Based on their cost of managing these programs, providers may ask BHMCOs for rate adjustments, especially if the BHMCO does not proactively offer regular rate increases themselves, which is not common practice. All BHMCOs differ with the level and type of information they require to support provider requests. Information typically requested for a Psychiatric RTF (PRTF) rate increase, for example, are the updated program description, budget, and an application. Some BHMCOs require additional documentation, such as expected outcomes and quality improvement activities. Also, BHMCOs may send the information they receive out to their county clusters for consideration, which makes it possible to have multiple rates within the same BHMCO.

All too often, however, BHMCOs limit how often providers can make requests for rate increases and some limit the amount of increase you can request. Also, it may not be acceptable for providers to ask for rate increases for other services. Providers may ask for rate increases for a variety of reasons, but it is mostly due to their expenditures not matching their intake as well as salaries/wages being too low and not attractive to people who may want to consider a career in the BH field. Rate increases help with sustainability and planning when looking at budgets and future spending.

One-Time Funds

Recently, in light of the COVID-19 pandemic and its impact on the behavioral health field, one-time American Rescue Plan Act funding and Act 2 of 2022 funding was made available to home and community based service providers as well as inpatient psychiatric hospitals and PRTFs to assist with recruitment and retention of staff due to high staff vacancy and turnover rates. Some of Pennsylvania’s HealthChoices programs, through the BHMCOs, also offered time-limited alternative payment arrangements, such as one-time lump sum payments or temporary rate adjustments, to support behavioral health providers during the difficulties of the pandemic due to levels of care that were continuing to see clinical volumes significantly below pre-COVID levels.

RTF and other provider recipients of this funding, used the ARPA one-time funds for things such as:

  • Staff bonuses (both a signing bonus and retention/recognition bonus for current staff)
  • Bolster recruitment efforts by advertising for their organizations
  • Increased mileage reimbursement during a time when gas prices rose by significant levels
  • Staff secondary trauma and self-care initiatives such as membership to apps that offer mindfulness and other self-care techniques
  • Meals to strengthen staff morale and camaraderie
  • Reimbursement for wellness-related activities

This one-time funding was critical and necessary to sustain a field that was considerably exhausted and depleted of resources during the pandemic. The field of behavioral health services, especially children’s behavioral health, offered a critical safety net during a time when individuals needed it most. However, while beneficial, funding support such as this needs to be provided annually – one time funding is not enough.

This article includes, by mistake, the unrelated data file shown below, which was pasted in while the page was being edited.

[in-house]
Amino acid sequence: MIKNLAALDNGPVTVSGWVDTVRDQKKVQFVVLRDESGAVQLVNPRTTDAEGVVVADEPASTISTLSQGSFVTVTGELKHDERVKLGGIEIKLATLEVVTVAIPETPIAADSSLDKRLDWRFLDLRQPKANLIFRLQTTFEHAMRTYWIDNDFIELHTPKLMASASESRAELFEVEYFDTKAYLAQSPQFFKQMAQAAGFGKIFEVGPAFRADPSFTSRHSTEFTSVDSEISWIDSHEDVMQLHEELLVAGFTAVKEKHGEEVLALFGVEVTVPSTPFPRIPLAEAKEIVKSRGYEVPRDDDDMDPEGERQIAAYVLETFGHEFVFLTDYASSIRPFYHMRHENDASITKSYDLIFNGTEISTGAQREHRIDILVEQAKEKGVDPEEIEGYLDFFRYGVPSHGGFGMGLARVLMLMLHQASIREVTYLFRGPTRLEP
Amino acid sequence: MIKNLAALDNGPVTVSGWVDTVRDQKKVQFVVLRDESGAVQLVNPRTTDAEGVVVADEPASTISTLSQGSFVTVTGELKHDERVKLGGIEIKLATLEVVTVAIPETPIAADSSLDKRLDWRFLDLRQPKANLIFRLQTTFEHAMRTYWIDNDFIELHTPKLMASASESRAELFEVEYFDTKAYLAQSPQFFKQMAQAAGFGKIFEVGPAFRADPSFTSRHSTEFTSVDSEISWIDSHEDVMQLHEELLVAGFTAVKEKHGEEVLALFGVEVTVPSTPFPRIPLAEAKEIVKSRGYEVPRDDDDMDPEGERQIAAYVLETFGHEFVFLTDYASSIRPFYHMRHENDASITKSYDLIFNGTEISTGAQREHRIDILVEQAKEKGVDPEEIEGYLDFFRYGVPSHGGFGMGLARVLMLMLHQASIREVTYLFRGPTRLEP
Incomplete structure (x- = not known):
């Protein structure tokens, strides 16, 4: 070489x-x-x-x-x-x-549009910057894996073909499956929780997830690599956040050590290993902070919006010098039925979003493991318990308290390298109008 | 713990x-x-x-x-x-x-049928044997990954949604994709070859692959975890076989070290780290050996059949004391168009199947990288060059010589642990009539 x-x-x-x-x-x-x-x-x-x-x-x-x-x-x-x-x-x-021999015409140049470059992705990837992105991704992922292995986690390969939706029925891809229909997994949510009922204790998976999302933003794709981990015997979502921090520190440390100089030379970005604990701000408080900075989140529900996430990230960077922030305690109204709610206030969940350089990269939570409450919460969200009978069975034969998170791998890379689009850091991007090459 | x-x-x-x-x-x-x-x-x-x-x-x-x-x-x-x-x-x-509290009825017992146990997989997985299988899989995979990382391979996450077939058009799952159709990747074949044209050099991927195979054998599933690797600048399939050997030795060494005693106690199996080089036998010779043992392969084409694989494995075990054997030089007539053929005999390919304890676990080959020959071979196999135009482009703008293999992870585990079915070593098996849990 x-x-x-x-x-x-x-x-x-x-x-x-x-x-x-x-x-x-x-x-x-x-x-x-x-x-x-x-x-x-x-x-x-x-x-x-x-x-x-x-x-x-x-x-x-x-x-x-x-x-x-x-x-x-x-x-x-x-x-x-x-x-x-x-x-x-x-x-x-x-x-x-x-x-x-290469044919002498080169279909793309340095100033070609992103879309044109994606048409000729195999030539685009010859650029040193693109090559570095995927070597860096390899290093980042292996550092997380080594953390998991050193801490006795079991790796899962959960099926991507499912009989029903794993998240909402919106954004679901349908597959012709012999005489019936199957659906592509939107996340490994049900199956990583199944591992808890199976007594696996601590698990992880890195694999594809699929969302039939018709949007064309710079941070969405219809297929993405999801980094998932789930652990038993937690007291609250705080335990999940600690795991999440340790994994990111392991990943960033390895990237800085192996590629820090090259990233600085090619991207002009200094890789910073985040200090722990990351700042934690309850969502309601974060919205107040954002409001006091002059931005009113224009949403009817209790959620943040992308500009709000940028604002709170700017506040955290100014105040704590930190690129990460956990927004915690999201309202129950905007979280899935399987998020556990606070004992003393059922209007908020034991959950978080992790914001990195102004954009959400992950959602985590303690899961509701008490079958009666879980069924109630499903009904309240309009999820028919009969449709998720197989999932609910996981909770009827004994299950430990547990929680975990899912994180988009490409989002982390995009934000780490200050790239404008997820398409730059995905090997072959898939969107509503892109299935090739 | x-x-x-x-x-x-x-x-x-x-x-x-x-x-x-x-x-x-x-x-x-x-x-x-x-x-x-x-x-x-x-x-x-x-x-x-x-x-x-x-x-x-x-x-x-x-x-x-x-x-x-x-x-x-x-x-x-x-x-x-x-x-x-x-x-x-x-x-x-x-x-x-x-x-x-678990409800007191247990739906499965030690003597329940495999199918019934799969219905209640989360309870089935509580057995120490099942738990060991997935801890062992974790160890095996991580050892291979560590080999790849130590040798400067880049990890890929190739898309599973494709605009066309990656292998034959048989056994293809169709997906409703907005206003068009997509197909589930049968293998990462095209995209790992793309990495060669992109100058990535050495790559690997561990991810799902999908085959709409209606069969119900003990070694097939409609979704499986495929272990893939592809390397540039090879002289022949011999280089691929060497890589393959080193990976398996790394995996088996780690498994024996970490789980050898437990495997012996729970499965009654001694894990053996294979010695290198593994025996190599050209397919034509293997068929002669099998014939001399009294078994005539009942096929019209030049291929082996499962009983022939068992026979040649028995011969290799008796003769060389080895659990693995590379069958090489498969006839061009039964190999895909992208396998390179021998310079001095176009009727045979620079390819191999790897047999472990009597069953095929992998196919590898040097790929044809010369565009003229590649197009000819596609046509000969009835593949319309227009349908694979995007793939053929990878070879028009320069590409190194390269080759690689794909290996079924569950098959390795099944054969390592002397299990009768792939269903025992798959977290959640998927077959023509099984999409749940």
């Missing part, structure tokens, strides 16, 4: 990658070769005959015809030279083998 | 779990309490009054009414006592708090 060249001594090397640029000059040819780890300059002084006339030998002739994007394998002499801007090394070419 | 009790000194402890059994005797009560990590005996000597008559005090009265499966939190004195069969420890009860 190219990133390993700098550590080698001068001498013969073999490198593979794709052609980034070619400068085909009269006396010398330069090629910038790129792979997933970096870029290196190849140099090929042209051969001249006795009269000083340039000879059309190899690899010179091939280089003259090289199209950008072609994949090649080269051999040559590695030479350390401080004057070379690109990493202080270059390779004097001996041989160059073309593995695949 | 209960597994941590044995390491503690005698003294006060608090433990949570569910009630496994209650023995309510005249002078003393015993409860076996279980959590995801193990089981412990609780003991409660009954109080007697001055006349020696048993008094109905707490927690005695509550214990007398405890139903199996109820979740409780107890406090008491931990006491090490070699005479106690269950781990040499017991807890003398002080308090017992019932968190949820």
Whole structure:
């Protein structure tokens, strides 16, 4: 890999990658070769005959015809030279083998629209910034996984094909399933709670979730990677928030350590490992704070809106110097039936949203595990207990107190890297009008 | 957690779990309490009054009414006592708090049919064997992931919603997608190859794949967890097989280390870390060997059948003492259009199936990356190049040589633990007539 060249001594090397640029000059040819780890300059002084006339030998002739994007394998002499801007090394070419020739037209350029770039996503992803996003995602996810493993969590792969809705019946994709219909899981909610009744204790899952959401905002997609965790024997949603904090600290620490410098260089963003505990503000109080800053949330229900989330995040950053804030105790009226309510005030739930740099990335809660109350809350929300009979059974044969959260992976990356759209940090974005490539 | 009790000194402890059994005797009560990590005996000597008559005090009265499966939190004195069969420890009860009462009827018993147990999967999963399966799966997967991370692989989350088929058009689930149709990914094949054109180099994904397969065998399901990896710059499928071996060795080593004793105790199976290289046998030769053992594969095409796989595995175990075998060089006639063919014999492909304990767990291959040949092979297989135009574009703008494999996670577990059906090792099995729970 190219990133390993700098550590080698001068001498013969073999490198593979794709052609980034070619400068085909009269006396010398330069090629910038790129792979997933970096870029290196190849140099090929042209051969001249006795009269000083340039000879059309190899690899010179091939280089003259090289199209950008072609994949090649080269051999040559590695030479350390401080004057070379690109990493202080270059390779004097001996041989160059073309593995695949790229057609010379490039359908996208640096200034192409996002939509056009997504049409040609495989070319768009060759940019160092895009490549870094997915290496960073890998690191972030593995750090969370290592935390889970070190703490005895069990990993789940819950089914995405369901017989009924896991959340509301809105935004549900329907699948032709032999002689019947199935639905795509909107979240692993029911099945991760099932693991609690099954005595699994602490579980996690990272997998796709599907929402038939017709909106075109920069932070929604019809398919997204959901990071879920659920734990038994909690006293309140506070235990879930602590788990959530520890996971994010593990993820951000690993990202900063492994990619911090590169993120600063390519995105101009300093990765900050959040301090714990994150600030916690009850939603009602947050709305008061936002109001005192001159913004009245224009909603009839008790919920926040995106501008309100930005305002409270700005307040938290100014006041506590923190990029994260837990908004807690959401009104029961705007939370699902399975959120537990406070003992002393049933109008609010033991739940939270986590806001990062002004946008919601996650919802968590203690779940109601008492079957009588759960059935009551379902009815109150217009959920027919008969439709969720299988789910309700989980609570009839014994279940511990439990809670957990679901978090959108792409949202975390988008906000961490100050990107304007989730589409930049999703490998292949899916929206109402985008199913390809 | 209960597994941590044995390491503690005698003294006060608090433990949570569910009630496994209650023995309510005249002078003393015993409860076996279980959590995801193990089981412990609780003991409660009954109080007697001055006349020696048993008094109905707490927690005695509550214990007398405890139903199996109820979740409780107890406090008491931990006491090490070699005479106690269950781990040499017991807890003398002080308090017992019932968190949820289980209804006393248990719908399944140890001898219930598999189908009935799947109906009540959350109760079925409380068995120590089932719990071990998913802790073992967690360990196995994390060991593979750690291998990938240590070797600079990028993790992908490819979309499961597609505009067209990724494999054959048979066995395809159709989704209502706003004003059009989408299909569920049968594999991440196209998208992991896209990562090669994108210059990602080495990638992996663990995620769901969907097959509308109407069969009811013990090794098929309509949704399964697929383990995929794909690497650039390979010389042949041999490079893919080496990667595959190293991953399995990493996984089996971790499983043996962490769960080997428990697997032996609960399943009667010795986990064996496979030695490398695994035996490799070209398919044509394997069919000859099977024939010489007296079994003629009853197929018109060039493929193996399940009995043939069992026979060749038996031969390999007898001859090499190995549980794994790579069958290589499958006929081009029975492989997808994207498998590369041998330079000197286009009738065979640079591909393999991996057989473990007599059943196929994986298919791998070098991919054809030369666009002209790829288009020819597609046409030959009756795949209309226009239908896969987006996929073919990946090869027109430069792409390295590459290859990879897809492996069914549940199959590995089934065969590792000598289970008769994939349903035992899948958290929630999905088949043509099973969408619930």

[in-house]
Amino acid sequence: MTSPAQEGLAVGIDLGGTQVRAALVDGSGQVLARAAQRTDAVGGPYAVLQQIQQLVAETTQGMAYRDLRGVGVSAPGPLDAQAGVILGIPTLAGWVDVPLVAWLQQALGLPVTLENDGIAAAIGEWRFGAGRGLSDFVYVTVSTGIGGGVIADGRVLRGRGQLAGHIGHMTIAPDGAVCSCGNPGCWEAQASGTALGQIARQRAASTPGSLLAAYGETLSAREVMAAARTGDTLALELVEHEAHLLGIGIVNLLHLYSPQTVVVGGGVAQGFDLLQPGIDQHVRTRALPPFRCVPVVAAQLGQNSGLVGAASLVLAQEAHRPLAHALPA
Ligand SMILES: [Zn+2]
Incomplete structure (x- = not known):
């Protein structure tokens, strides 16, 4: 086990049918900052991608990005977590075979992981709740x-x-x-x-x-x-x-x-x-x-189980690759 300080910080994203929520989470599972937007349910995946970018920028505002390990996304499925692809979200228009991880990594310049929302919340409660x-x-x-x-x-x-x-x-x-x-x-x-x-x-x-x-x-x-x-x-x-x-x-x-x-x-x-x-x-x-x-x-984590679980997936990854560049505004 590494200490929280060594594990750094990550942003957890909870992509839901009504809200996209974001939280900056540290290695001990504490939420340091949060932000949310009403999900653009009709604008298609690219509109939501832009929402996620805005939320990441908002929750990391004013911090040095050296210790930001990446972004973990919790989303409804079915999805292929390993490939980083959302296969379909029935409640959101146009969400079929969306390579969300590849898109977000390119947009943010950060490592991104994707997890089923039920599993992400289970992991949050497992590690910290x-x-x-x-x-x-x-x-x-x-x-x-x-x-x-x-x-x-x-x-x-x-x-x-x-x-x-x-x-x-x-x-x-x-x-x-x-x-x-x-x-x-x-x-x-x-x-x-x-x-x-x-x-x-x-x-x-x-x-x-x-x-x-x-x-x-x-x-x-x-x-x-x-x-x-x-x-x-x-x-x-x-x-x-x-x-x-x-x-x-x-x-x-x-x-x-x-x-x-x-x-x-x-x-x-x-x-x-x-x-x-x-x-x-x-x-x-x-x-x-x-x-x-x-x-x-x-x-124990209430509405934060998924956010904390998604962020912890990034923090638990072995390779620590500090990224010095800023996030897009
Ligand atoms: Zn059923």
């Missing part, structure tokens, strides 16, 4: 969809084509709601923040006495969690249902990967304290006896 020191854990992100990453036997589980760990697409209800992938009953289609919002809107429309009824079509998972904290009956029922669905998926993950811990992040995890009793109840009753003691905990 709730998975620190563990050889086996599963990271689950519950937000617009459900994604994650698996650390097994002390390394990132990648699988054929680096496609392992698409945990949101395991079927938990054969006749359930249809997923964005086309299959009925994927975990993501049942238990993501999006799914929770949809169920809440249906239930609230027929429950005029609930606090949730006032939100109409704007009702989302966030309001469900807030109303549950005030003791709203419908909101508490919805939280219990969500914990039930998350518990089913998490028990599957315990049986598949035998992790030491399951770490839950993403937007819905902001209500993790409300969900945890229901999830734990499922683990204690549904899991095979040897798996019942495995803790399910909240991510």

Funding Needs and Recommendations made by PCCYFS to Adequately Support the Behavioral Health System in Pennsylvania

Children’s behavioral health providers reimbursement rates are not sufficient to fully support an organization’s true cost of care. Workforce is at a critical place and providers have had to reduce admissions simply based on lack of staff to serve the youth. The system needs an influx of funds to recruit and retain staff to serve the youth that are being referred and prevent further trauma. As stated in The Workforce Crisis Affecting Behavioral Health & Child Welfare Services: Analysis & Recommendations, there have been and continue to be many challenges providers face based on lack of funding and workforce shortage.

With inpatient, RTFs and community-based providers not being able to staff their programs and serve youth at the rate referrals coming in, there is an increase of youth being seen in the emergency room due to behavioral health symptoms. This then causes a backup at the emergency room and hospital levels. This waterfall effect hurts the exact population this type of service is supposed to help, our youth and families.

While the pandemic-related funding insurgence assisted with some of these needs, the behavioral health system is in need of more than just one-time funding and requires more sustainable solutions:

  • Provider rates must be increased to adequately cover the true cost of care. The true cost of care should be inclusive of expenses that are standard in other industries but seen as a luxury in the children’s behavioral health sector. One agency estimates that their single RTF program would require a minimum of a $1 million increase in order to adequately offer the quality and level of services that they would like. Rate increases should be calculated to represent:
    • Higher and actually competitive wages.
    • Consistent recruitment/retention funds
    • Ongoing opportunities for staff bonuses that are competitive with the current market.
    • Improved funding to support rising healthcare needs, especially for an industry that engages in ongoing traumatizing and challenging work, which can be especially physically and mentally taxing on the professionals in this sector. 
  • Student loan forgiveness programs for children’s behavioral health professionals.
  • Any additional funding made available should go to the behavioral health system and the providers who operate in this space instead of other systems to provide behavioral health-type services. Funding should go directly to the system with the expertise, capacity, and knowledge to then support other systems with the needed services.

See below attachment describing types of behavioral health funding sources, eligibility and services covered: